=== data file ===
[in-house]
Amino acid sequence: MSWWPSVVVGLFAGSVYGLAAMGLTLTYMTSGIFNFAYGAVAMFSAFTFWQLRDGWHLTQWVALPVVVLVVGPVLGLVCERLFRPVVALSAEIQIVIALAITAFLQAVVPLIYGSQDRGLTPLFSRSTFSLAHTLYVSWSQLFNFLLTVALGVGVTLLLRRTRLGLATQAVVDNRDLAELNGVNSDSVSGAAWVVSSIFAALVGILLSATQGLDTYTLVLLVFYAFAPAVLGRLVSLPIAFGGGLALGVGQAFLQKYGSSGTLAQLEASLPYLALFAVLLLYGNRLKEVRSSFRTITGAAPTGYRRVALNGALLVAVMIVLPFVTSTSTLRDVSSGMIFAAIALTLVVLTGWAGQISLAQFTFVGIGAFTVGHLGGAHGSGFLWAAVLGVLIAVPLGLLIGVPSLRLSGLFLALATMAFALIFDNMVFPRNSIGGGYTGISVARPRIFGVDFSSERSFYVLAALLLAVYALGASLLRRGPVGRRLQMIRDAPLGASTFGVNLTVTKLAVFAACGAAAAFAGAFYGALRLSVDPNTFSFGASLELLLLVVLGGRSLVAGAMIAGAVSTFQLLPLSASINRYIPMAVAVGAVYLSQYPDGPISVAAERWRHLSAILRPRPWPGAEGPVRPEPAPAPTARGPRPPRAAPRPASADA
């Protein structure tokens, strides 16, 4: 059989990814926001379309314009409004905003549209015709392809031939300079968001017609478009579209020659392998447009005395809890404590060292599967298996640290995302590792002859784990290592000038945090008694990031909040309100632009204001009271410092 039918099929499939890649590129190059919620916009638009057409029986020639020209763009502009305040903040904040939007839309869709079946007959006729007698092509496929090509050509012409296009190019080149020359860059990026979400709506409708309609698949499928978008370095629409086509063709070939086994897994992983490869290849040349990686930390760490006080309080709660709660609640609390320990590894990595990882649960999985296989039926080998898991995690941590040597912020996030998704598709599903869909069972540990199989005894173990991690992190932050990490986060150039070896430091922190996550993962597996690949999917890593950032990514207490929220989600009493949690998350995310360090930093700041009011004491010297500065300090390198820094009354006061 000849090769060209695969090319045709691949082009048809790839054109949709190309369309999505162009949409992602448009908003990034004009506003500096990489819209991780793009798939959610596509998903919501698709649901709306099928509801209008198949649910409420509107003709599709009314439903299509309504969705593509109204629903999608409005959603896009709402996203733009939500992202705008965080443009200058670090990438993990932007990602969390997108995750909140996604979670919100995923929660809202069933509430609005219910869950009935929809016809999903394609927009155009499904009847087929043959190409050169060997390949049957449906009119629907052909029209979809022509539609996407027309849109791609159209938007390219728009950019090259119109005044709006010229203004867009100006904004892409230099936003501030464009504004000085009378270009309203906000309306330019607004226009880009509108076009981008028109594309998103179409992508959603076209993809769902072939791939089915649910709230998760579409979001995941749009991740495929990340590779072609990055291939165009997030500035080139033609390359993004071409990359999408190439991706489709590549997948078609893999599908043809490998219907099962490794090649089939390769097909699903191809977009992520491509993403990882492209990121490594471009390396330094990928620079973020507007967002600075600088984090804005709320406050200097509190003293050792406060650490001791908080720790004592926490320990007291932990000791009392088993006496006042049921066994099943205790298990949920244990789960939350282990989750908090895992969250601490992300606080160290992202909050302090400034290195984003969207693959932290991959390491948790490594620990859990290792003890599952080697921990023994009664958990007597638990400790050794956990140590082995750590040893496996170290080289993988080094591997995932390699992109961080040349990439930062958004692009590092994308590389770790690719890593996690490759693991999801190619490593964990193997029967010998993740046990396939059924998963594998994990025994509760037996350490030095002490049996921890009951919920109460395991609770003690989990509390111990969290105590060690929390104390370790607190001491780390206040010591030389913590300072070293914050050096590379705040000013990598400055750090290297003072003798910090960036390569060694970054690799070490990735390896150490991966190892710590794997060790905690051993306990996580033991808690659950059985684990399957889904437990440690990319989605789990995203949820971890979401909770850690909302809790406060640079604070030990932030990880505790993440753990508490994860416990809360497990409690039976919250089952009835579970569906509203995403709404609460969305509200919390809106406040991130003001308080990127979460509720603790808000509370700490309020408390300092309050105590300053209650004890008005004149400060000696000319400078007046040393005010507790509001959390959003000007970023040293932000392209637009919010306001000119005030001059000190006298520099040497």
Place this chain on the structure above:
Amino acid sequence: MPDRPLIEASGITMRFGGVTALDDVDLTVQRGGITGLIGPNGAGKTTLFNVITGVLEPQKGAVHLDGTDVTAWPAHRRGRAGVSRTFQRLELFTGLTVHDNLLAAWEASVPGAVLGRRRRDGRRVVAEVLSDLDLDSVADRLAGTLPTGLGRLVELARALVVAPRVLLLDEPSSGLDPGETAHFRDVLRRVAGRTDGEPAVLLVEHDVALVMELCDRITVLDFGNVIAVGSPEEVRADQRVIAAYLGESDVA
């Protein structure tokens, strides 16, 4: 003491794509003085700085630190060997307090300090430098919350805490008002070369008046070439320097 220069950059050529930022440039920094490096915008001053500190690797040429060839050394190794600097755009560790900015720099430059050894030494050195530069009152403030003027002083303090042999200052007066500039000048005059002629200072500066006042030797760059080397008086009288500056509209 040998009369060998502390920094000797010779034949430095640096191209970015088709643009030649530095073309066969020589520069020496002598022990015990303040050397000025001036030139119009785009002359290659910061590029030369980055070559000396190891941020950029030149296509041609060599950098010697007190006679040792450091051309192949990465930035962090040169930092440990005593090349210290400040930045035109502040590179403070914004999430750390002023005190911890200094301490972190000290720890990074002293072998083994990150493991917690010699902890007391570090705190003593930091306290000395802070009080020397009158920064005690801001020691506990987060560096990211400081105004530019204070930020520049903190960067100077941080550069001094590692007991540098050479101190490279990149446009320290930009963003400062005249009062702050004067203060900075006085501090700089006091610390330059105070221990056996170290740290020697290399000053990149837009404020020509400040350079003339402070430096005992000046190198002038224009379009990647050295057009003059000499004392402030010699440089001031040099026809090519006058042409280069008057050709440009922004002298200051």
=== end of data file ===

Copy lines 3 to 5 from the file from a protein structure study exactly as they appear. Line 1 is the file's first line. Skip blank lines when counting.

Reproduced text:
């Protein structure tokens, strides 16, 4: 059989990814926001379309314009409004905003549209015709392809031939300079968001017609478009579209020659392998447009005395809890404590060292599967298996640290995302590792002859784990290592000038945090008694990031909040309100632009204001009271410092 039918099929499939890649590129190059919620916009638009057409029986020639020209763009502009305040903040904040939007839309869709079946007959006729007698092509496929090509050509012409296009190019080149020359860059990026979400709506409708309609698949499928978008370095629409086509063709070939086994897994992983490869290849040349990686930390760490006080309080709660709660609640609390320990590894990595990882649960999985296989039926080998898991995690941590040597912020996030998704598709599903869909069972540990199989005894173990991690992190932050990490986060150039070896430091922190996550993962597996690949999917890593950032990514207490929220989600009493949690998350995310360090930093700041009011004491010297500065300090390198820094009354006061 000849090769060209695969090319045709691949082009048809790839054109949709190309369309999505162009949409992602448009908003990034004009506003500096990489819209991780793009798939959610596509998903919501698709649901709306099928509801209008198949649910409420509107003709599709009314439903299509309504969705593509109204629903999608409005959603896009709402996203733009939500992202705008965080443009200058670090990438993990932007990602969390997108995750909140996604979670919100995923929660809202069933509430609005219910869950009935929809016809999903394609927009155009499904009847087929043959190409050169060997390949049957449906009119629907052909029209979809022509539609996407027309849109791609159209938007390219728009950019090259119109005044709006010229203004867009100006904004892409230099936003501030464009504004000085009378270009309203906000309306330019607004226009880009509108076009981008028109594309998103179409992508959603076209993809769902072939791939089915649910709230998760579409979001995941749009991740495929990340590779072609990055291939165009997030500035080139033609390359993004071409990359999408190439991706489709590549997948078609893999599908043809490998219907099962490794090649089939390769097909699903191809977009992520491509993403990882492209990121490594471009390396330094990928620079973020507007967002600075600088984090804005709320406050200097509190003293050792406060650490001791908080720790004592926490320990007291932990000791009392088993006496006042049921066994099943205790298990949920244990789960939350282990989750908090895992969250601490992300606080160290992202909050302090400034290195984003969207693959932290991959390491948790490594620990859990290792003890599952080697921990023994009664958990007597638990400790050794956990140590082995750590040893496996170290080289993988080094591997995932390699992109961080040349990439930062958004692009590092994308590389770790690719890593996690490759693991999801190619490593964990193997029967010998993740046990396939059924998963594998994990025994509760037996350490030095002490049996921890009951919920109460395991609770003690989990509390111990969290105590060690929390104390370790607190001491780390206040010591030389913590300072070293914050050096590379705040000013990598400055750090290297003072003798910090960036390569060694970054690799070490990735390896150490991966190892710590794997060790905690051993306990996580033991808690659950059985684990399957889904437990440690990319989605789990995203949820971890979401909770850690909302809790406060640079604070030990932030990880505790993440753990508490994860416990809360497990409690039976919250089952009835579970569906509203995403709404609460969305509200919390809106406040991130003001308080990127979460509720603790808000509370700490309020408390300092309050105590300053209650004890008005004149400060000696000319400078007046040393005010507790509001959390959003000007970023040293932000392209637009919010306001000119005030001059000190006298520099040497």
Place this chain on the structure above:
Amino acid sequence: MPDRPLIEASGITMRFGGVTALDDVDLTVQRGGITGLIGPNGAGKTTLFNVITGVLEPQKGAVHLDGTDVTAWPAHRRGRAGVSRTFQRLELFTGLTVHDNLLAAWEASVPGAVLGRRRRDGRRVVAEVLSDLDLDSVADRLAGTLPTGLGRLVELARALVVAPRVLLLDEPSSGLDPGETAHFRDVLRRVAGRTDGEPAVLLVEHDVALVMELCDRITVLDFGNVIAVGSPEEVRADQRVIAAYLGESDVA